Secondly, ProkEvo is also not so "versatile". For example, ProkEvo by default accepts only assemblies with <=300 contigs and N50 >= 25Kb. However, if the same criteria are applied on Y. pestis or Shigella, many high quality genomes will fail because their chromosomes carry too many transposons. Authors will need to describe how these parameters can be adjusted. Do the users need to build up a new workflow with different settings, or can they be changed on the fly?

Finally, while most of the analyses in ProkEvo look like a cascading, automated workflow, the roary->fastbaps sub-pipeline requires some sort of human interactions. For example, the authors have manually selected subsets of <2000 genomes for this sub-pipeline. How does this interaction work in practice?

Validity of the findings

The authors described in detail about how the parallelization has improved the performance. However, it is still unclear to me that how long does every module in the workflow run in average and which program is the bottleneck. It will be great if the authors can list things out in a supplementary table.

It is also interesting that, the authors mentioned ABRicate as the program in ProkEov, but later referred the AMR results to "Resfinder". What exactly has been used?

The case studies are quite hard to follow, especially because the authors described populations using many different designations, but have not offered a figure to show the relationships between these population designations. There may be two trees in the middle of the rings in Figure 7? They, however, are not clear and large enough to show the branches. And why are there two figure legends for each of the ring?

Reviewer 2 ·

Basic reporting

In this manuscript, authors report the development of a framework for the large scale analysis of bacterial whole genome sequence data. The pipeline is split in two parts. The first part downloads raw sequence data from NCBI SRA and performs quality control of the data. The second part runs the actual population genomics analysis. The strength of the paper is that it appears to be designed work with very large datasets of over 20K genomes. However, there is limited innovation in the design. This seems to be another WGS pipeline that wraps several programs. They also dont compare this program with other recently published pipelines such as Bactopia. In fact these two looks very similar. Bactopia probably have more options such as the ability to run MASH.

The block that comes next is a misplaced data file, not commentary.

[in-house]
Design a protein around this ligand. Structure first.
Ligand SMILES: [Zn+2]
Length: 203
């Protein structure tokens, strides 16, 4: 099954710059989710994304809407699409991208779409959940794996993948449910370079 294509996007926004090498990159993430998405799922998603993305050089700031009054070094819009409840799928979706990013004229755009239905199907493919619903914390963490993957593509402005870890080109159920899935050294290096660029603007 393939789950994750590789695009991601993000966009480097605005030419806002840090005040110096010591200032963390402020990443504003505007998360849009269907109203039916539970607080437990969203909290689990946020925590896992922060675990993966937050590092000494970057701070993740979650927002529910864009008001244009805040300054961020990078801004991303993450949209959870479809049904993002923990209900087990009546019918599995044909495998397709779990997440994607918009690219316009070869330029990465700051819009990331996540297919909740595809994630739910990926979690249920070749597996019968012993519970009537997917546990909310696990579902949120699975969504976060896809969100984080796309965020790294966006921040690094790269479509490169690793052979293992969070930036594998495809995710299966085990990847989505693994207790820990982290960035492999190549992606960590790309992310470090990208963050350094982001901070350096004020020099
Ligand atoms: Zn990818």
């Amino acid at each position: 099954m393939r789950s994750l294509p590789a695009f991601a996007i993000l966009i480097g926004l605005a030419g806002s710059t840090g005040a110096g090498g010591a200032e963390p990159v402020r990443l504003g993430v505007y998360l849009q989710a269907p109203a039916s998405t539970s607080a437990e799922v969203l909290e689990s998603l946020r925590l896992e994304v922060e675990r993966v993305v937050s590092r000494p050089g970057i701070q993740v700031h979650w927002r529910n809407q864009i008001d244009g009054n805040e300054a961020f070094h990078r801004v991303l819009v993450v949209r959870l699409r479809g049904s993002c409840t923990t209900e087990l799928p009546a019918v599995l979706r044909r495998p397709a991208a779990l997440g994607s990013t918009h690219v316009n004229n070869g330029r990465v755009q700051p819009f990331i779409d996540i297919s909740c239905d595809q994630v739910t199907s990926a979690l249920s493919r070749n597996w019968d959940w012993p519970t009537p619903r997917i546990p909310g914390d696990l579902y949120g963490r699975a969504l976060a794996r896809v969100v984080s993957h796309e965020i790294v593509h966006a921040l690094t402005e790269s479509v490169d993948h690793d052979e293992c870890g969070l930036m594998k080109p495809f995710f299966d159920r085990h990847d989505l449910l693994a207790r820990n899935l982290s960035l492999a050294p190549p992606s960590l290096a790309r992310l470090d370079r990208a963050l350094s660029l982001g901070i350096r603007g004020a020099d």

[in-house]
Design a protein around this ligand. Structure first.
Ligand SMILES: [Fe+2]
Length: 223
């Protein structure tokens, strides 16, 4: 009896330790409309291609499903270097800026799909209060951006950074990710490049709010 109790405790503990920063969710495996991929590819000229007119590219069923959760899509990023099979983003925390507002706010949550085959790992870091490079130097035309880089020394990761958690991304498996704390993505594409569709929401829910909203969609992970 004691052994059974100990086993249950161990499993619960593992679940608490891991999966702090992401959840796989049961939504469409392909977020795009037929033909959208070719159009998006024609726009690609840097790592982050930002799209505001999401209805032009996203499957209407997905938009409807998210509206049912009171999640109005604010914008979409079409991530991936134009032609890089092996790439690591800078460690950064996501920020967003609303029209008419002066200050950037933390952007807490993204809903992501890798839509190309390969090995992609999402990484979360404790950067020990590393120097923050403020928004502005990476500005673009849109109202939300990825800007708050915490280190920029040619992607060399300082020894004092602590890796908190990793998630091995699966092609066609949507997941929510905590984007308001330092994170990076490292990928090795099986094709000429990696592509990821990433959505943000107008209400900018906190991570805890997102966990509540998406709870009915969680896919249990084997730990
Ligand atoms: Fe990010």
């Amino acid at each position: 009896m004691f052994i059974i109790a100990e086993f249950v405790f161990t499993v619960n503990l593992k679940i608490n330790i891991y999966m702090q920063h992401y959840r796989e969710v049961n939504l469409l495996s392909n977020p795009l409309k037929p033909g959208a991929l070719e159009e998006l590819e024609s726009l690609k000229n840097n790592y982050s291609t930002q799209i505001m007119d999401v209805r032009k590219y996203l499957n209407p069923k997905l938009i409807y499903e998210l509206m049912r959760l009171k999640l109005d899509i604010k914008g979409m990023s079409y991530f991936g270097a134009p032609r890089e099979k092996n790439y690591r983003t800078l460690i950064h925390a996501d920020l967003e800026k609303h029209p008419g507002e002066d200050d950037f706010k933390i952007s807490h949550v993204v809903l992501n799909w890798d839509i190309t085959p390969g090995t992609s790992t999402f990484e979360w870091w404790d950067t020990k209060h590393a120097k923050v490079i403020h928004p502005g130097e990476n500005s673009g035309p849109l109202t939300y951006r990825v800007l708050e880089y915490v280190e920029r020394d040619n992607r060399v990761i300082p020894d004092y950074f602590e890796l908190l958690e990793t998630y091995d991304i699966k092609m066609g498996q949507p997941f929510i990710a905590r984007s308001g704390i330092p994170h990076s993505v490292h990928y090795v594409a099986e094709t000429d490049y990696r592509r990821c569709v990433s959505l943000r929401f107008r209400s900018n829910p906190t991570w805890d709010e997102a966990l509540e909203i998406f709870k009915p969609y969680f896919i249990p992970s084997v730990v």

Experimental design

From the methods section it is not clear how much flexibility this program has for input data. The default is to provide a list of SRA accession numbers as a file. Is there any option to load the data directly if the user has that in the local system? The other main problem with this paper is extremely poor documentation. methods section gives three different links to the GitHub pages for the different versions of the program. However, clicking on that takes to the same page. Additionally, the installation seems to be quite complicated with the need of manually specifying paths. Unless these are fixed, nobody other than the authors may be able to use the pipeline.

Validity of the findings

I could not find the conda ad docker packages in the Github page. So there is noway to run the pipeline to see whether it works

Additional comments

If the authors wish to see wide usage of their program, a much better documentation for the installation and use of the software needs to be provided. I spent quite a bit of time looking for the conda and docker versions mentioned in the paper. However, the links in the paper took me to the same page. The current documentation is poor and it was frustrating for me.